If you’ve visited London’s Tottenham Court Road underground station lately, you might have noticed that it’s not looking its best. Down on the plaforms, the walls are stripped to bare concrete. Those with longer memories may remember that the walls were once covered in bright mosaics by the artist Sir Eduardo Paolozzi, like this one on a Northern line platform:
Image: Sunil060902 at Wikimedia Commmons.
Most of the mosiacs have been removed for now, but will be painstakingly reinstallled later in the renovation process.
Two walls of mosaic, however, are facing a longer-term threat, and now a heritage society has launched a campaign to save them. From the Evening Standard:
Heritage group The Twentieth Century Society has demanded urgent talks with the architects behind the £400 million station redevelopment.
The society fears that two “essential and integral” elements of the collection of Paolozzi works — a double set of tiled arches over the escalators in the main concourse and a large decorative panel at the entrance to the south side of Oxford Street — will be demolished.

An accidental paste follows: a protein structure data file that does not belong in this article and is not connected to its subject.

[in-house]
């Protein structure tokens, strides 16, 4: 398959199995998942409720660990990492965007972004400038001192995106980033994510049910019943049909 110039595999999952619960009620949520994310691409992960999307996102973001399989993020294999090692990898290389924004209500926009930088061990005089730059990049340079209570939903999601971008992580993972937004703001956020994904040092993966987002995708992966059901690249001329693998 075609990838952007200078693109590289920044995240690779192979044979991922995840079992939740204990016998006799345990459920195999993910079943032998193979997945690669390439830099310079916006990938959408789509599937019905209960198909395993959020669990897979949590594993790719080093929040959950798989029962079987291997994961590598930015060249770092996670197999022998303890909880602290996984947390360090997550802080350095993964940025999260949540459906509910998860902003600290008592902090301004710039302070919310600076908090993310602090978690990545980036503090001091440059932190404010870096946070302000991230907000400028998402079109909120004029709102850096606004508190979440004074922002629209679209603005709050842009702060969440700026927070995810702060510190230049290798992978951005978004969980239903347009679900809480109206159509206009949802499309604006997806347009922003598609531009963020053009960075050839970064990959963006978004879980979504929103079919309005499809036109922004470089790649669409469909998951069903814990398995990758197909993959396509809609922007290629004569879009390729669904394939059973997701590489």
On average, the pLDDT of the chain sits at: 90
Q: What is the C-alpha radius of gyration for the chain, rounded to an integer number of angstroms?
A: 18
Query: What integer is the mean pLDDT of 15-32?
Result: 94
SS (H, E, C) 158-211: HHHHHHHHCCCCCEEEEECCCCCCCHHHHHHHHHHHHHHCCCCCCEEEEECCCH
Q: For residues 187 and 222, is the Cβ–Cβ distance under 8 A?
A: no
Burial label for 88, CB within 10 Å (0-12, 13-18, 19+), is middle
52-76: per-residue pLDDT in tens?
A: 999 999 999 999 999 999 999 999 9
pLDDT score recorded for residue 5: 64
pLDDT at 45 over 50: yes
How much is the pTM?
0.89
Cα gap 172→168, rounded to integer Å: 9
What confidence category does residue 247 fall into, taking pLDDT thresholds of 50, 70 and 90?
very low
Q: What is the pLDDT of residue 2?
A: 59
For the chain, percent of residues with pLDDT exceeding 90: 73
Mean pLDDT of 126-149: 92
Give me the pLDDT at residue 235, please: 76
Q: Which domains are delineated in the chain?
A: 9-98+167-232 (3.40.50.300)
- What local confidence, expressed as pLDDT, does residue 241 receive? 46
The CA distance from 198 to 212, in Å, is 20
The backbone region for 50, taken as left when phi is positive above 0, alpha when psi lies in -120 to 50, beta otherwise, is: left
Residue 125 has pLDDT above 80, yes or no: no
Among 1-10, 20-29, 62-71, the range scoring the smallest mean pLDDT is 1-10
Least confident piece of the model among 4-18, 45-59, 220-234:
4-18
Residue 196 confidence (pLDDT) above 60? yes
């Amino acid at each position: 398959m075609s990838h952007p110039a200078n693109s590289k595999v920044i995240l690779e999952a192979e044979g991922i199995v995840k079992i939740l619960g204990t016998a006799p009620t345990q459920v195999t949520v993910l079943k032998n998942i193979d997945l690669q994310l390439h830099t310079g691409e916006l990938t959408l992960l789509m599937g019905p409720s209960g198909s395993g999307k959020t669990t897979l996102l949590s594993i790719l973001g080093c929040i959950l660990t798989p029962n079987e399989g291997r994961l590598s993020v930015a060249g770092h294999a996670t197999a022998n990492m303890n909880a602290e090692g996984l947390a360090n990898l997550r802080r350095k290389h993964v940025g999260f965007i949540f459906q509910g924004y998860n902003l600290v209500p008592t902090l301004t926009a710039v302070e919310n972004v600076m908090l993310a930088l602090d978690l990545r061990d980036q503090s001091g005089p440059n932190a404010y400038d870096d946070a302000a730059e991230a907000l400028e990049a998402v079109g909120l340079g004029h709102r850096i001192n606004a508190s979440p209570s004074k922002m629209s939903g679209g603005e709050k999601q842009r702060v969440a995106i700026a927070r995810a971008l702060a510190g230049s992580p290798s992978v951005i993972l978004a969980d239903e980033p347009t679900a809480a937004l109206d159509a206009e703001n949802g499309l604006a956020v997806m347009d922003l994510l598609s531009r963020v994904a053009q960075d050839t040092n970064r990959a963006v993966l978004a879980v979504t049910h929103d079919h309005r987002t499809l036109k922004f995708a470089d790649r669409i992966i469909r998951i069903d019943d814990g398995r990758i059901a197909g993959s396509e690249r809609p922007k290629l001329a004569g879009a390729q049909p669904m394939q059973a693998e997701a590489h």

Roger Hawkins, one of the station’s architects, told Architects’ Journal:
The arches are no longer needed because they are not supporting anything …There will be a modern, daylit, space there five times as large.
Short of redrawing the entire plan, then, it’s not clear how the mosaics could be preserved. The most likely compromise might be for them to be removed and donated to the Paolozzi Foundation, or reinstalled elsewhere.
Plans for the shiny new station also show a new set of tilings for some of the station’s walls by artist Daniel Buren, known for his bright, geometric designs. This mock-up, however, is distinctly colourless, especially when compared to Paolozzi’s hyperactive version:
Looks like it’s out with the old, in with the monochrome.This article is from the CityMetric archive: some formatting and images may not be present.